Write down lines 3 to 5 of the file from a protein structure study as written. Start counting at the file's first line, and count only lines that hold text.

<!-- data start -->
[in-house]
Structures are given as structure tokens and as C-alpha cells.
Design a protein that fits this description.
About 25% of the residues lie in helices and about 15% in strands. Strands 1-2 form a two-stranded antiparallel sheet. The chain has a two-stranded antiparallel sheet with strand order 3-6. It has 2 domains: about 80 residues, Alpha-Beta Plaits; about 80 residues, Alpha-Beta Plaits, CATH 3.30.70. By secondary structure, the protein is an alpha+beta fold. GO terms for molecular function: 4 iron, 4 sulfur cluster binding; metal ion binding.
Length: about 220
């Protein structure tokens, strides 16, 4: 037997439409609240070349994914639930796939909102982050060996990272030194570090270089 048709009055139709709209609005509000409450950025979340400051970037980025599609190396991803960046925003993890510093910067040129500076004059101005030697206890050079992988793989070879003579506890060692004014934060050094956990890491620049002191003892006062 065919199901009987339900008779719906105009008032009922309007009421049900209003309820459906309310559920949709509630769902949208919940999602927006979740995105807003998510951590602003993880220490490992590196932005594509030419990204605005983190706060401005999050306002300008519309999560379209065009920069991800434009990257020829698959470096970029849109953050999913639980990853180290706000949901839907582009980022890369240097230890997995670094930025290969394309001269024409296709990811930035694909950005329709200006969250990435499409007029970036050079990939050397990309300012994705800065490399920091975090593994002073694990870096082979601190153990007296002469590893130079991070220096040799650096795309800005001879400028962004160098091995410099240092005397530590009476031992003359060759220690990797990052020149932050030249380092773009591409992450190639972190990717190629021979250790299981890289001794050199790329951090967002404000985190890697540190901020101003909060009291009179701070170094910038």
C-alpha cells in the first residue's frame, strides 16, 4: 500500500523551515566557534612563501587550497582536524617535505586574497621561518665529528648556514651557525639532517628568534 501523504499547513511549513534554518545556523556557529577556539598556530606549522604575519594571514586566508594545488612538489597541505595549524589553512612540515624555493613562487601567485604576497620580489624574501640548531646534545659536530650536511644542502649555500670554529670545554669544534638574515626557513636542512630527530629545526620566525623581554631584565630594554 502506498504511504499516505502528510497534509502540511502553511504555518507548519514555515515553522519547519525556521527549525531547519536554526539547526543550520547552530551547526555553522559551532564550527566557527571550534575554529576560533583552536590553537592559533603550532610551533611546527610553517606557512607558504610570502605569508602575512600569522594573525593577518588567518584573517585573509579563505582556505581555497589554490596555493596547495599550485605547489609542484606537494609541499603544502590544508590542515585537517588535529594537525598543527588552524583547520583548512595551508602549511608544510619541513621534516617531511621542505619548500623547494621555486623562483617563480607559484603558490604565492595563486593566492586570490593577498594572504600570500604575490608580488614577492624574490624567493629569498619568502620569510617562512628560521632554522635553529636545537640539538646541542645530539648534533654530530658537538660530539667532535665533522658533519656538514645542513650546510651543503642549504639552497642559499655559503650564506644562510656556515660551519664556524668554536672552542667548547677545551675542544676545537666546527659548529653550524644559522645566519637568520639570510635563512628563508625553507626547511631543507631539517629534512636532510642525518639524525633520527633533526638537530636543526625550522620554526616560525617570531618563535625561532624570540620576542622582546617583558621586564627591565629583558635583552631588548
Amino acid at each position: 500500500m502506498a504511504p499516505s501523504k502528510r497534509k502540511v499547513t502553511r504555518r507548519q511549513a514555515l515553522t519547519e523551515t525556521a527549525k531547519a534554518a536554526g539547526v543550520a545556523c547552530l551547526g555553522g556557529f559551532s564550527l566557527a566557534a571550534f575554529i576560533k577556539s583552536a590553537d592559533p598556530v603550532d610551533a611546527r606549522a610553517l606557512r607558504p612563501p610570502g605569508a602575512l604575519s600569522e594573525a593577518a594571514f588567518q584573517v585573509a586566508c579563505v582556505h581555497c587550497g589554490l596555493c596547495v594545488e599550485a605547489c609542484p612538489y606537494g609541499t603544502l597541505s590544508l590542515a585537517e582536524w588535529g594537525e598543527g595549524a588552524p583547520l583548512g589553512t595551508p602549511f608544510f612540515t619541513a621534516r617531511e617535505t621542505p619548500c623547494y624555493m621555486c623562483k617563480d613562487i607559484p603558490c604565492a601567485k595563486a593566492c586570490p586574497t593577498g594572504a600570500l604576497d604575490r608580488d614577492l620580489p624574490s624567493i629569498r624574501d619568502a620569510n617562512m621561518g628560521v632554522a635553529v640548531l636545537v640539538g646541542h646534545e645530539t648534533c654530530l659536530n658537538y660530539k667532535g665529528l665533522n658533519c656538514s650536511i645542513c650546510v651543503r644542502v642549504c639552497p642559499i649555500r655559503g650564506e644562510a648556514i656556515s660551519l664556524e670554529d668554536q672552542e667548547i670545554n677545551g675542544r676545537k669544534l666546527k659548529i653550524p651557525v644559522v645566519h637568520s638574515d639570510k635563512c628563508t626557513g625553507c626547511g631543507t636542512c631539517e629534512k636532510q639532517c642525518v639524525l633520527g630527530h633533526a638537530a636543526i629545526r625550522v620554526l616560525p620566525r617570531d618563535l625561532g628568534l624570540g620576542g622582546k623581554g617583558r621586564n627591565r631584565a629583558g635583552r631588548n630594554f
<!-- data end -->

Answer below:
Design a protein that fits this description.
About 25% of the residues lie in helices and about 15% in strands. Strands 1-2 form a two-stranded antiparallel sheet. The chain has a two-stranded antiparallel sheet with strand order 3-6. It has 2 domains: about 80 residues, Alpha-Beta Plaits; about 80 residues, Alpha-Beta Plaits, CATH 3.30.70. By secondary structure, the protein is an alpha+beta fold. GO terms for molecular function: 4 iron, 4 sulfur cluster binding; metal ion binding.
Length: about 220